#2 in my ranking of Fritz Lang’s filmography.
It’s always interesting to revisit a film I’ve seen a long time ago, where I had written specific thoughts on it, while seeing it outside of the context of the director’s body of work only to return to it within that very context years later. You really gain an extra level of perspective about subtext that you might have missed the first time through.
What’s interesting is how suppressed Lang’s own voice had become over the previous ten to fifteen years in Hollywood, coming up in small bursts here and there, and it fully coming back here in The Big Heat. Once again, we have a main character in a corrupt system in the search for justice. Combining that with the more Hollywood conventions that Lang had become comfortable with over a decade in the industry, and you’ve got a crackling noir thriller.
Where this succeeds more fully where his previous films hadn’t, especially The Blue Gardenia, is the dual focus on both Glenn Ford’s Dave as well as Gloria Grahame’s Debby, especially on Debby. They mirror each other as parallel vehicles for violence and vengeance against the corruption that maimed them both in different ways, Dave in the death of his wife and Debby in the permanent scarring of her face with that famous pot of boiling hot coffee. They become intertwined and complimentary, never competing for screen time with opposing purposes but helping each other feed the movie’s central idea of the degrading nature of violence in the pursuit of justice.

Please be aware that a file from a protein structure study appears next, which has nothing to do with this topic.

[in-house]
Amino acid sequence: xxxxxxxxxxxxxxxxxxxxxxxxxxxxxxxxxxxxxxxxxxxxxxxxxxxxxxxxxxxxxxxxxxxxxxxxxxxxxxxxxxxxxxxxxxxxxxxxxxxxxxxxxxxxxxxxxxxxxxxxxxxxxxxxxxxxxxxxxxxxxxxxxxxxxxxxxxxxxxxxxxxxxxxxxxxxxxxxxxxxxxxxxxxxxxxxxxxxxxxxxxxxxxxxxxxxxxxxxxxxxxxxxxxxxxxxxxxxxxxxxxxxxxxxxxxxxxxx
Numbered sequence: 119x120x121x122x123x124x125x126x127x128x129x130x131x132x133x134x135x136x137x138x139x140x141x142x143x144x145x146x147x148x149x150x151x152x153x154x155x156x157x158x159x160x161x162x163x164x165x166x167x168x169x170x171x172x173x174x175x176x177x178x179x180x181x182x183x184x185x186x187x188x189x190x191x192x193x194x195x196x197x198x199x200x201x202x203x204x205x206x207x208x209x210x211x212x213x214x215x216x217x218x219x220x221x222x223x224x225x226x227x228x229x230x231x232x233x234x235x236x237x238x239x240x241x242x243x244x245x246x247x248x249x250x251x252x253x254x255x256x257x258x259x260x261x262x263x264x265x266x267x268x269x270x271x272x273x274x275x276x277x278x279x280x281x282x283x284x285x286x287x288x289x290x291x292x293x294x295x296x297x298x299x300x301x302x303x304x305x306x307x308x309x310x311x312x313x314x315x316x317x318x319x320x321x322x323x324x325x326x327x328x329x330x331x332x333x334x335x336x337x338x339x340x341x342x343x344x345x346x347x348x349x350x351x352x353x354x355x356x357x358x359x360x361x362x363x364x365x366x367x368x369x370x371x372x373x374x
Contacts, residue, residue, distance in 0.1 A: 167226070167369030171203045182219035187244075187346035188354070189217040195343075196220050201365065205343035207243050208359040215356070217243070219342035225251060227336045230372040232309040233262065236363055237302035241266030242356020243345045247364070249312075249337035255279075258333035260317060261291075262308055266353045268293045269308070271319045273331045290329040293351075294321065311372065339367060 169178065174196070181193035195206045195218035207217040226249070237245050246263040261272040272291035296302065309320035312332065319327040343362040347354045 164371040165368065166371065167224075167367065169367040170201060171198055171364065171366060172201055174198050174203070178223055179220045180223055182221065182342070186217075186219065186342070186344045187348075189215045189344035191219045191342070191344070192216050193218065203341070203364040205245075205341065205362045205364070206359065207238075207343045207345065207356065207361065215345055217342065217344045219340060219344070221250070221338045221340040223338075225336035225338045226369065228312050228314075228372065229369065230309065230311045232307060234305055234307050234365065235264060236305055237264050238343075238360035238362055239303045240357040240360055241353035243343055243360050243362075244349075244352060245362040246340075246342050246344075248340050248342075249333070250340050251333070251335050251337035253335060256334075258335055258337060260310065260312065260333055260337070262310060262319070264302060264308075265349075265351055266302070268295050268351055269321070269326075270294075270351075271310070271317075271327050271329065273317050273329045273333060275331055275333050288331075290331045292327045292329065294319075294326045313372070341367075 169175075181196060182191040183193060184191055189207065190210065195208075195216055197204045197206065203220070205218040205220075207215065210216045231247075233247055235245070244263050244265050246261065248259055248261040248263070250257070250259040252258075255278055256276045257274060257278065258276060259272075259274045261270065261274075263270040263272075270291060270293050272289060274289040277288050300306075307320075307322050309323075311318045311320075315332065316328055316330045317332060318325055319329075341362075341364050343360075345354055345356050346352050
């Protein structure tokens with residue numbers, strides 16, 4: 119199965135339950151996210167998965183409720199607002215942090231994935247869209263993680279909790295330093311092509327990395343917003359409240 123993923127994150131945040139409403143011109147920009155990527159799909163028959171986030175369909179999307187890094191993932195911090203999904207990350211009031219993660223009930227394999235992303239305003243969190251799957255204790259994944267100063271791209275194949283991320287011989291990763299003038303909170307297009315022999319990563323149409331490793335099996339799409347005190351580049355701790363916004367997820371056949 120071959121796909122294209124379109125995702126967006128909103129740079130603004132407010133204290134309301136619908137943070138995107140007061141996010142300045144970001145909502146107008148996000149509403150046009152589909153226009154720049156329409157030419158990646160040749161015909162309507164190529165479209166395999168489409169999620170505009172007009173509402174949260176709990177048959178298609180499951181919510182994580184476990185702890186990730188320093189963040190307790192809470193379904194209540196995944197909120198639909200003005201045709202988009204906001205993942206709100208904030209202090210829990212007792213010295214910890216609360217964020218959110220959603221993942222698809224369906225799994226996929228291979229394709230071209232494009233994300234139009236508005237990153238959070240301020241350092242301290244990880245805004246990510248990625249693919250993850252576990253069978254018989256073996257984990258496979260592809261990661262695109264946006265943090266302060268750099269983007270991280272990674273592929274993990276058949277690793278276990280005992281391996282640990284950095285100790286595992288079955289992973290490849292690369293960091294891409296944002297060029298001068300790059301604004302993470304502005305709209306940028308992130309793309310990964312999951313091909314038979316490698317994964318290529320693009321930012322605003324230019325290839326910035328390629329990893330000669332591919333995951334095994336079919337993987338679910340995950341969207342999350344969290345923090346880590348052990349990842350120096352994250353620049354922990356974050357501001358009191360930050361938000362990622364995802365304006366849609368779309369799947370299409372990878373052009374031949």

That Debby chooses to sacrifice herself to save Dave, the only good man she’s ever known, is a great tragedy, pulling the film out of its pulpier roots into something that’s more definingly American art.
Lang continues his great visual sense, of course, extending his hold on the noir genre with one of the best examples of it, using his shadows and ability with a roving camera and precise, intelligent framing in combination with his motifs like mirrors (that usually reflect hidden, inner lives), and you’ve got a movie that feels more fully like a Fritz Lang movie than anything he’d made since Scarlet Street.
It’s Fritz Lang’s best American movie, the best combination of the kind of movie he wanted to make and the kind of movie Hollywood would let him make.